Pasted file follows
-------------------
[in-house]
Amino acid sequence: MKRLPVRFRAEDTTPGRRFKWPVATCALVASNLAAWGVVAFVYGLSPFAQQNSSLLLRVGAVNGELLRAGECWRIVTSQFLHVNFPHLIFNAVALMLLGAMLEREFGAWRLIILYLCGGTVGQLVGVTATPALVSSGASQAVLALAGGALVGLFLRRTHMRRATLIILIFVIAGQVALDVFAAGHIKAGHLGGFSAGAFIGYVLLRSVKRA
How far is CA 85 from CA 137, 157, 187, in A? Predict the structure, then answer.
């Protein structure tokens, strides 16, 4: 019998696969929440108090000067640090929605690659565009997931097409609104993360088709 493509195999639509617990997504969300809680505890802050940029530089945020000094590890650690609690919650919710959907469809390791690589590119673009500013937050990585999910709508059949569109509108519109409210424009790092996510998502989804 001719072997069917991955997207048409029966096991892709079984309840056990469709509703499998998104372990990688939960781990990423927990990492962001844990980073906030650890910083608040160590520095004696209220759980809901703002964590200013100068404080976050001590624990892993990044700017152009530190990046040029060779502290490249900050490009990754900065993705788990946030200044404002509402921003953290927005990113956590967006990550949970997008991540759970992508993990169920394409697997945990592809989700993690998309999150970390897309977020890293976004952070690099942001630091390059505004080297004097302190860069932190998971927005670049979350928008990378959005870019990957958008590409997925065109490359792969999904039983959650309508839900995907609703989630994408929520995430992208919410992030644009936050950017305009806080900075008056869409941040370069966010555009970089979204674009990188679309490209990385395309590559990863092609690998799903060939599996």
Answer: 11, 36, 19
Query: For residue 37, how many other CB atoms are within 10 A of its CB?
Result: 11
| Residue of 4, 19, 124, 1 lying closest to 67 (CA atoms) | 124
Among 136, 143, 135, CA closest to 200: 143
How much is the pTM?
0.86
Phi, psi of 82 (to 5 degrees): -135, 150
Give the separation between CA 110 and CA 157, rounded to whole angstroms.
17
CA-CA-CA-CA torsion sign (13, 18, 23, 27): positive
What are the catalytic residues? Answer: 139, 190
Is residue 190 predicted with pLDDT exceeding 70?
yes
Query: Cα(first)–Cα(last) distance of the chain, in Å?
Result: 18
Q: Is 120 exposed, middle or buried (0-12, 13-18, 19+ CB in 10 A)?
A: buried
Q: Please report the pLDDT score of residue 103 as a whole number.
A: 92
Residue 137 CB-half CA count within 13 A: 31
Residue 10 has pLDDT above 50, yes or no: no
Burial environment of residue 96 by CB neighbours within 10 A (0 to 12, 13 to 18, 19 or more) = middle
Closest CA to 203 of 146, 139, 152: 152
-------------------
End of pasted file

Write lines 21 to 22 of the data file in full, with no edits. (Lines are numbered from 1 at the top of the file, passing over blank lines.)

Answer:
Q: Is 120 exposed, middle or buried (0-12, 13-18, 19+ CB in 10 A)?
A: buried